I’m Alexander Hamilton’s Direct Descendant. And He Wasn’t As Perfect As You Think.

I’m Alexander Hamilton’s Direct Descendant. And He Wasn’t As Perfect As You Think.

By Ariel Clay Schuyler Hamilton Ehrlich

Image for postA famous portrait of Hamilton. I have a copy in my bedroom.

With a brilliant musical about him, there has never been a better time to be a great-great-great-great-great-great grandson of General Alexander Hamilton, Secretary of the Treasury.

I?m a genealogist and in doing research I found that I am his descendant. It?s super exciting because I?m 14 and 14-year-olds love celebrities and I?m related to the biggest celebrity of the American Revolution. Alexander Hamilton is bigger than Kim Kardashian.

The ?ten-dollar founding father? wasn?t always so famous but he became so when Lin-Manuel Miranda brought him back to life with the play, ?Hamilton,? which debuted at The Public Theater in New York City in January 2015. As you probably know, ?Hamilton? is much more than a play, it?s one of the greatest cultural phenomena of my lifetime. Then in the last few weeks, Alexander Hamilton?s became even more and more famous, due to Disney+ on July 3 letting anyone with $8/month see a film of the live play.

As the musical accurately displays, Hamilton accomplished so many things during his short life. He was orphaned at a young age after being born out of wedlock, began working for Thomas Stevens (?his late mother?s landlord?), before writing a letter to his father in Scotland, with whom he had a close correspondence with, whose community had it published in a Danish newspaper, although that is stated in fewer words. He soon after became a Major General in the Army, (although the National Society of the Sons of the American Revolution, of which I am a proud member, says in their records he was a Lieutenant Colonel), and as General George Washington?s aide-de-camp.

In 1780, he married Elizabeth Schuyler, daughter of Major General Philip Schuyler, and less than a year later helped lead the Battle of Yorktown, which resulted in the surrender of the English and freed us from British rule. Although the precise dates aren?t specified in the show, he soon became a Delegate to the Congress of the Confederation from New York (a position in which he served twice), and later the First Secretary of the Treasury. He defended the standing constitution, writing over 50 essays of the Federalist Papers. In his final letter to Eliza, which he had asked somebody to deliver in the case that he died during the duel with Aaron Burr, a letter that made me cry, he actually calls her the best of wives and the best of women.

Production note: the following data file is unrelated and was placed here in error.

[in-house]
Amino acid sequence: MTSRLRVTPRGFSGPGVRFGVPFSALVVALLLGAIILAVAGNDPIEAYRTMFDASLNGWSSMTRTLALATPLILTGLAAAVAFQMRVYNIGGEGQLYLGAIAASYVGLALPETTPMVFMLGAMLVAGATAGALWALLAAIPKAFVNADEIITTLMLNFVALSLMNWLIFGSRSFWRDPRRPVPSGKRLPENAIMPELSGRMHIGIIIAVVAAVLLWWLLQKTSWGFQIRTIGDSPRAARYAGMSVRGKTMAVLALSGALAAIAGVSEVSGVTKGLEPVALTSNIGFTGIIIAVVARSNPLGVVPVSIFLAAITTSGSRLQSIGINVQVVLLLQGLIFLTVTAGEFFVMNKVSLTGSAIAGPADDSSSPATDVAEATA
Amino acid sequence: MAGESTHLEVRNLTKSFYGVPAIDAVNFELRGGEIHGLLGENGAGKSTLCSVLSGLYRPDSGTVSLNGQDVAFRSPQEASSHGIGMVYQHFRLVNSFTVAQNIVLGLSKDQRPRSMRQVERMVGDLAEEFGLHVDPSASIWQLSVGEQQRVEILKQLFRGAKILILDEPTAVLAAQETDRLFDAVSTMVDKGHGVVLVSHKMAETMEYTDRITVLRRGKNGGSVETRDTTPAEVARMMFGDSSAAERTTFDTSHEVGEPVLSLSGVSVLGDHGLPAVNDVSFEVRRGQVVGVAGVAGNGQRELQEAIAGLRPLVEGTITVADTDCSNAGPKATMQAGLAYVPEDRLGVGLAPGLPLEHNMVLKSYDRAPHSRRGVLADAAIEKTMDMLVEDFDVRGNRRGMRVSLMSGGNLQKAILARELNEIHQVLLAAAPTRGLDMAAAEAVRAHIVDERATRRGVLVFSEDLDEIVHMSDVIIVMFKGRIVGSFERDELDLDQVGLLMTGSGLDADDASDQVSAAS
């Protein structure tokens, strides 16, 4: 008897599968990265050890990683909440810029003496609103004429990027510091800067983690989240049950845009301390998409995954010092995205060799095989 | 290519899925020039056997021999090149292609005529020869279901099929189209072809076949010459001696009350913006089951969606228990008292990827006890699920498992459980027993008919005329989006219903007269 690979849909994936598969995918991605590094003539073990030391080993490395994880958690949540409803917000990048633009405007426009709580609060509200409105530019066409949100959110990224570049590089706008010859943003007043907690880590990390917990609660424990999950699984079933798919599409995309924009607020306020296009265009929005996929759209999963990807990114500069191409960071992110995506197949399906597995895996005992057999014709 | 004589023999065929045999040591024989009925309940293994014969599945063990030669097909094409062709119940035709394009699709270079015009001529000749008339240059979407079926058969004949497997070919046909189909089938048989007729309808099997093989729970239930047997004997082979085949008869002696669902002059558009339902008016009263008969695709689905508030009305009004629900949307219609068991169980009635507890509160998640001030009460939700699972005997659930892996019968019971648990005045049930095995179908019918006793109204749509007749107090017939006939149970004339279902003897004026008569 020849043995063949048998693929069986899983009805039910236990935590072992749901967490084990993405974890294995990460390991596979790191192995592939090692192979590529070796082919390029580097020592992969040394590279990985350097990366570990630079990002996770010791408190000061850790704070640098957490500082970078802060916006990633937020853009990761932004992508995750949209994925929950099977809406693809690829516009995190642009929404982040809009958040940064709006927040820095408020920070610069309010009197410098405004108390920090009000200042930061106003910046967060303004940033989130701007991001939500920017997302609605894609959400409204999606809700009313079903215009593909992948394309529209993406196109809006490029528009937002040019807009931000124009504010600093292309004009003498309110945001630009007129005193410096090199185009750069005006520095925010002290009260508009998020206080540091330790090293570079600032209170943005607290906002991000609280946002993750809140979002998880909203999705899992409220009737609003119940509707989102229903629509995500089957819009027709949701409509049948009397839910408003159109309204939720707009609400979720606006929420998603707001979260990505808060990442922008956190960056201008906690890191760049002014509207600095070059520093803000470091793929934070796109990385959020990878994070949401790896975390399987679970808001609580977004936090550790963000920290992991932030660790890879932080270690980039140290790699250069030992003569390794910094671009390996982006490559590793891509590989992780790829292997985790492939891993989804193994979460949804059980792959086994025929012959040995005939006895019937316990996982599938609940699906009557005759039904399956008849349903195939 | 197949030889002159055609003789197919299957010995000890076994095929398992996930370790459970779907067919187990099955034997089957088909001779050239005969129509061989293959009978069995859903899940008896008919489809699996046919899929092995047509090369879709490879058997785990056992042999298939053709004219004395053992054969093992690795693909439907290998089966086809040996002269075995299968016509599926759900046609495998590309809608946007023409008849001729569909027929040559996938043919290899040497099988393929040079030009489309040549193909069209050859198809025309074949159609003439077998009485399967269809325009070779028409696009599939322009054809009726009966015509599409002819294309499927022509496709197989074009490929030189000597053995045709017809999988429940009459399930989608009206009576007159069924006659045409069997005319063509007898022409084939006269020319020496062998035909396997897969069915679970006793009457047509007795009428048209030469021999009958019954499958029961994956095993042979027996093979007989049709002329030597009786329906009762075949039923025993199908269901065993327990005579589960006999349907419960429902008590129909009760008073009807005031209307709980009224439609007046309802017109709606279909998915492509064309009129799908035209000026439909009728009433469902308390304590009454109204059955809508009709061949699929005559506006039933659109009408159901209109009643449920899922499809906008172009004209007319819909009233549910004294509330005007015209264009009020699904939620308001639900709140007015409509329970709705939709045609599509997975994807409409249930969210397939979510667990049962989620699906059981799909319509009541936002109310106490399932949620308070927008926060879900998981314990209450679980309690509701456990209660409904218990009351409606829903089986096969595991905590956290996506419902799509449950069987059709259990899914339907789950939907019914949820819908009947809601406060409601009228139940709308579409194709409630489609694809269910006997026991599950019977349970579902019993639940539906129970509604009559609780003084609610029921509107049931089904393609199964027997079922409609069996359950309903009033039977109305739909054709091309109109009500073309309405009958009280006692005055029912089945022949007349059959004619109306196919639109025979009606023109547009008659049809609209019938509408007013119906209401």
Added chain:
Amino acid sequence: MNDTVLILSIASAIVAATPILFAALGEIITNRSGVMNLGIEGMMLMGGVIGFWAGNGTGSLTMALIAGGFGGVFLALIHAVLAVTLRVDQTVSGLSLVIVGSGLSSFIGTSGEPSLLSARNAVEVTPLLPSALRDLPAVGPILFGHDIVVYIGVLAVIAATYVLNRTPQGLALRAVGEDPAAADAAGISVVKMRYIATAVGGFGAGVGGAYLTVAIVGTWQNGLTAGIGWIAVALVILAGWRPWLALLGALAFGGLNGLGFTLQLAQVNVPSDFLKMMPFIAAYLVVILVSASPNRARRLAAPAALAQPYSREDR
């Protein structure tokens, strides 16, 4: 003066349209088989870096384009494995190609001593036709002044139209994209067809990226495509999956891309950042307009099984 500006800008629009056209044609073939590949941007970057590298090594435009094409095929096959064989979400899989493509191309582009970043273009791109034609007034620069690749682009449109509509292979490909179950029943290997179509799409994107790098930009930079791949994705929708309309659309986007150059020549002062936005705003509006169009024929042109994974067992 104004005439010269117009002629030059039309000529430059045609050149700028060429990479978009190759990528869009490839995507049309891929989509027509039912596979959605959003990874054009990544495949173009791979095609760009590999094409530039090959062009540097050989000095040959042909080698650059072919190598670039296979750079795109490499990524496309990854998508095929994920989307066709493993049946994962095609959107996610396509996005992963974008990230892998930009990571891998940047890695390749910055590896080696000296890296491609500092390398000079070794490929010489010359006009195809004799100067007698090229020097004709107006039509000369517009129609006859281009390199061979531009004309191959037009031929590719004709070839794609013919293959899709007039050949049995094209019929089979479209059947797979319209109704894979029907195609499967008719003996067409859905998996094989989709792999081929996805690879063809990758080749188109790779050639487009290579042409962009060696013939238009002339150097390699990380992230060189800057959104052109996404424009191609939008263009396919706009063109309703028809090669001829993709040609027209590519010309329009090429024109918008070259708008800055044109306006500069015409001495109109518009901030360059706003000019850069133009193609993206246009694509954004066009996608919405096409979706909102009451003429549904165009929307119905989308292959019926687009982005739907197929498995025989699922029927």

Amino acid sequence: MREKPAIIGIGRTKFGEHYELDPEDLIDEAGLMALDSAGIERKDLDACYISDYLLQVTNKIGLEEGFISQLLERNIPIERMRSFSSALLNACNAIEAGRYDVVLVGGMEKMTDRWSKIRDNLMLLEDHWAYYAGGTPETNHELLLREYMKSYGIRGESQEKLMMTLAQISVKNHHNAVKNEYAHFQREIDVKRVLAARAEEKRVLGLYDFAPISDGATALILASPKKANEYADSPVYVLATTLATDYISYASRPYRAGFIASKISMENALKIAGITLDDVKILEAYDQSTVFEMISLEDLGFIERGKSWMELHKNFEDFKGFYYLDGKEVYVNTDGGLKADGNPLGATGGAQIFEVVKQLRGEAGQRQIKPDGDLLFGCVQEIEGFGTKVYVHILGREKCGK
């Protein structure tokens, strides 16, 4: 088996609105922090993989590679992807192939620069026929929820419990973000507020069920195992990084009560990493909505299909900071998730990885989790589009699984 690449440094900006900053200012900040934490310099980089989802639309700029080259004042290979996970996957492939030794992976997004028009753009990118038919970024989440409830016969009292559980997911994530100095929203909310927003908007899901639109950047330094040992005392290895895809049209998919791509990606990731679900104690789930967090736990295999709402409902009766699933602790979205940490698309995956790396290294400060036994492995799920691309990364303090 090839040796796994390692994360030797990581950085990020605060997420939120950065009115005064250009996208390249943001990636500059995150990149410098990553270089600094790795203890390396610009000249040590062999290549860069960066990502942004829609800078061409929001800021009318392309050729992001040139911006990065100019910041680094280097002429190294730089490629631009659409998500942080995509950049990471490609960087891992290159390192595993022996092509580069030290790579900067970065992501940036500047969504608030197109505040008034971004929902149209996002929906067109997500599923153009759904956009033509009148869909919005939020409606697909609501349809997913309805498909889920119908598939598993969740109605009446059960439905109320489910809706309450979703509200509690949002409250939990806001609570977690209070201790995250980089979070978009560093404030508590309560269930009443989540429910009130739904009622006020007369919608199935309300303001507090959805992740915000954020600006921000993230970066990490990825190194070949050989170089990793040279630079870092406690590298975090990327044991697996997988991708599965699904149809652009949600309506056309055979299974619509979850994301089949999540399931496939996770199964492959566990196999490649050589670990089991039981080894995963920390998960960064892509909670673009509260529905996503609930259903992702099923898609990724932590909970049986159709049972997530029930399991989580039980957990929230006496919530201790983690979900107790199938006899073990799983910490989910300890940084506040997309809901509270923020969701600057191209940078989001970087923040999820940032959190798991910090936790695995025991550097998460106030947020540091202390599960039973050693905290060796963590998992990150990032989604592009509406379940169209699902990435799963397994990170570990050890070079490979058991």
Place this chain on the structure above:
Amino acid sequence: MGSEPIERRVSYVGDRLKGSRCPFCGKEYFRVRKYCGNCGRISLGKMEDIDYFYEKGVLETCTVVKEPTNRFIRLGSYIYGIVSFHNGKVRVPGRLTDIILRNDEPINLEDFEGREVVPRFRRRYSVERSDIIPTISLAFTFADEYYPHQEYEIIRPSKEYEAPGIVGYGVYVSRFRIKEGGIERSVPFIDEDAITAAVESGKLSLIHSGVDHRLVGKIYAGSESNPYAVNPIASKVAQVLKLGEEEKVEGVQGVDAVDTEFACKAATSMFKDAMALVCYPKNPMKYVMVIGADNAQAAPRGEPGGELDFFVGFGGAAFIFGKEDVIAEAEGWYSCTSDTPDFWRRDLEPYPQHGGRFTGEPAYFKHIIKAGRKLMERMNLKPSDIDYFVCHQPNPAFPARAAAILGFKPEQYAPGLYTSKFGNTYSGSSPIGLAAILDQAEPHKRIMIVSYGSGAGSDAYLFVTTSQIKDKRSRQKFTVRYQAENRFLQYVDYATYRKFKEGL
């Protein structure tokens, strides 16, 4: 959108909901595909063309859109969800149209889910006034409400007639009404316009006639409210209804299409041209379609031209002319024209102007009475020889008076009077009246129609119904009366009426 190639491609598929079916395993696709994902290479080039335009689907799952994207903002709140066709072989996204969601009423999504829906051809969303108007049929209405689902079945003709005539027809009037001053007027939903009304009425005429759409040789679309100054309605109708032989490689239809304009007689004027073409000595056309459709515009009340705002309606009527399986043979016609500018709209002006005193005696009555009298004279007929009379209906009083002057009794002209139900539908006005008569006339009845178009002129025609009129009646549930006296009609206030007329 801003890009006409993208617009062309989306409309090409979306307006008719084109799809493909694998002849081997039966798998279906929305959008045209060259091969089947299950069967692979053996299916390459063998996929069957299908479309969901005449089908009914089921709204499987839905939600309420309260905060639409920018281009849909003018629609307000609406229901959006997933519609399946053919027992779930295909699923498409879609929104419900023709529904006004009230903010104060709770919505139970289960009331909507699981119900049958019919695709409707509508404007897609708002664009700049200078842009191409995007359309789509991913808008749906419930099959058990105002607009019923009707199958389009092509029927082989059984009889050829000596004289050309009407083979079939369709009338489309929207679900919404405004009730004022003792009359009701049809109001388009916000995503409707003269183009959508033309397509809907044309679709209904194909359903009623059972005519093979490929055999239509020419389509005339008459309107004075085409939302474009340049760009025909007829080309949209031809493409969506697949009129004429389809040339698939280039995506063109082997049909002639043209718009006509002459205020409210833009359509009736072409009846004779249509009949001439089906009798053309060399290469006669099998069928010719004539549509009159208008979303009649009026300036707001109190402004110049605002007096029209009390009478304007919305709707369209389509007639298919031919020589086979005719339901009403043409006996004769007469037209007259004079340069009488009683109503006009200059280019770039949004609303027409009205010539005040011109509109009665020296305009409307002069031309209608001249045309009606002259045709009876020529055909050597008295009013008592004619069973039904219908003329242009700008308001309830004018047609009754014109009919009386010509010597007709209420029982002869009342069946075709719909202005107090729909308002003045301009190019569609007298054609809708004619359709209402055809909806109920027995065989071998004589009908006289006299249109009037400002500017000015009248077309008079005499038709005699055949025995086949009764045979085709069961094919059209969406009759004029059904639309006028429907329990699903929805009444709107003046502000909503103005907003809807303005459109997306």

But there are other aspects that the musical doesn?t portray. To begin, while he was ?clerking for his late mother?s landlord,? he oversaw a company that was involved in the slave trade. His mother was a slave owner, in the Caribbean. In fact, had he been born into wedlock, which lawfully prevented him from inheriting his late mother?s estate, he would?ve inherited Christian and Ajax, two of his mother?s slaves, when she died of yellow fever.

According to The New Journal of African History, Alexander Hamilton, whom my father strikingly resembles, first became involved in the slave trade in the Caribbean, before coming to Colonial America to attend what is now Columbia University. As a teen, he oversaw operations of the St. Croix branch of Beekman & Cruger, which was involved in the African slave trade. He and his brother were also supposed to own a slave after his mother died, but their mother?s first husband, Johann Michael Lavien, seized the estate under Danish law, as stated above.

The play also doesn?t mention that Alexander Hamilton bought and sold slaves for his in-laws, according to Professor Annette Gordon-Reed from Harvard University. She explicitly says ?[Hamilton] was not an abolitionist?.